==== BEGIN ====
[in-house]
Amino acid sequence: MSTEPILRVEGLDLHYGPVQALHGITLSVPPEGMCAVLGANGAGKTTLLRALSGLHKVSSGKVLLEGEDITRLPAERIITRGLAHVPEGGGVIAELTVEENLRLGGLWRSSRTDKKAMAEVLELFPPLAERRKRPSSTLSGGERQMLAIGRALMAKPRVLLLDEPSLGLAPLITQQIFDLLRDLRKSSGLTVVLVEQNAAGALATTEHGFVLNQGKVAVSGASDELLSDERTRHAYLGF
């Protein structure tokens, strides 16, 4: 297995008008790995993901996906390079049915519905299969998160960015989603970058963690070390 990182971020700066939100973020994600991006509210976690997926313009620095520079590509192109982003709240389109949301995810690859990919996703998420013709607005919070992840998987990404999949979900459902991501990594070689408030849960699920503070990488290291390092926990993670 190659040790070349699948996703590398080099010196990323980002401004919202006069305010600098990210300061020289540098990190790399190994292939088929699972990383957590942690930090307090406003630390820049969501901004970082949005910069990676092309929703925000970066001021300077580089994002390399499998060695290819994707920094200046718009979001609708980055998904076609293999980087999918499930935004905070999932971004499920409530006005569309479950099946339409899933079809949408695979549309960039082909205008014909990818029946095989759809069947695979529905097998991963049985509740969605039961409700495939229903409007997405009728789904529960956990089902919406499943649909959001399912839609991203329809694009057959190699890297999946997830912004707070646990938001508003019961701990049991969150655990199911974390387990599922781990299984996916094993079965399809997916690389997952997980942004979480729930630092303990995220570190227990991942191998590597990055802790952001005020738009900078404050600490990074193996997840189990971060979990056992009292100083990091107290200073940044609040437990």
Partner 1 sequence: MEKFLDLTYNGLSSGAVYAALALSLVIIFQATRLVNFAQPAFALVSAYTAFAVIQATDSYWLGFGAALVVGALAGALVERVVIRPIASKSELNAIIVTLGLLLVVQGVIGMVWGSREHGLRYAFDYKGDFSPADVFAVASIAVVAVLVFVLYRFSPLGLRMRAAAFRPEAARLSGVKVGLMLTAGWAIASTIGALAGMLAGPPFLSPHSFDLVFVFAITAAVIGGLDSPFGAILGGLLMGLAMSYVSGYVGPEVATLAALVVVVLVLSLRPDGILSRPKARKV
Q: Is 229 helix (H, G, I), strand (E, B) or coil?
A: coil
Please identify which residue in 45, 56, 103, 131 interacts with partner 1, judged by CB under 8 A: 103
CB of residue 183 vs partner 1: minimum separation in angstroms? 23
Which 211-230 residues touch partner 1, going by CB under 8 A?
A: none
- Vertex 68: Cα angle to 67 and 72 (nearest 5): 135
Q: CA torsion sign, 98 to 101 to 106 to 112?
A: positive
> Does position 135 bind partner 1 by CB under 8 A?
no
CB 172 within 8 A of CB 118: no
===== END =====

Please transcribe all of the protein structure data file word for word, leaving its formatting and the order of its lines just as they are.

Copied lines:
[in-house]
Amino acid sequence: MSTEPILRVEGLDLHYGPVQALHGITLSVPPEGMCAVLGANGAGKTTLLRALSGLHKVSSGKVLLEGEDITRLPAERIITRGLAHVPEGGGVIAELTVEENLRLGGLWRSSRTDKKAMAEVLELFPPLAERRKRPSSTLSGGERQMLAIGRALMAKPRVLLLDEPSLGLAPLITQQIFDLLRDLRKSSGLTVVLVEQNAAGALATTEHGFVLNQGKVAVSGASDELLSDERTRHAYLGF
């Protein structure tokens, strides 16, 4: 297995008008790995993901996906390079049915519905299969998160960015989603970058963690070390 990182971020700066939100973020994600991006509210976690997926313009620095520079590509192109982003709240389109949301995810690859990919996703998420013709607005919070992840998987990404999949979900459902991501990594070689408030849960699920503070990488290291390092926990993670 190659040790070349699948996703590398080099010196990323980002401004919202006069305010600098990210300061020289540098990190790399190994292939088929699972990383957590942690930090307090406003630390820049969501901004970082949005910069990676092309929703925000970066001021300077580089994002390399499998060695290819994707920094200046718009979001609708980055998904076609293999980087999918499930935004905070999932971004499920409530006005569309479950099946339409899933079809949408695979549309960039082909205008014909990818029946095989759809069947695979529905097998991963049985509740969605039961409700495939229903409007997405009728789904529960956990089902919406499943649909959001399912839609991203329809694009057959190699890297999946997830912004707070646990938001508003019961701990049991969150655990199911974390387990599922781990299984996916094993079965399809997916690389997952997980942004979480729930630092303990995220570190227990991942191998590597990055802790952001005020738009900078404050600490990074193996997840189990971060979990056992009292100083990091107290200073940044609040437990």
Partner 1 sequence: MEKFLDLTYNGLSSGAVYAALALSLVIIFQATRLVNFAQPAFALVSAYTAFAVIQATDSYWLGFGAALVVGALAGALVERVVIRPIASKSELNAIIVTLGLLLVVQGVIGMVWGSREHGLRYAFDYKGDFSPADVFAVASIAVVAVLVFVLYRFSPLGLRMRAAAFRPEAARLSGVKVGLMLTAGWAIASTIGALAGMLAGPPFLSPHSFDLVFVFAITAAVIGGLDSPFGAILGGLLMGLAMSYVSGYVGPEVATLAALVVVVLVLSLRPDGILSRPKARKV
Q: Is 229 helix (H, G, I), strand (E, B) or coil?
A: coil
Please identify which residue in 45, 56, 103, 131 interacts with partner 1, judged by CB under 8 A: 103
CB of residue 183 vs partner 1: minimum separation in angstroms? 23
Which 211-230 residues touch partner 1, going by CB under 8 A?
A: none
- Vertex 68: Cα angle to 67 and 72 (nearest 5): 135
Q: CA torsion sign, 98 to 101 to 106 to 112?
A: positive
> Does position 135 bind partner 1 by CB under 8 A?
no
CB 172 within 8 A of CB 118: no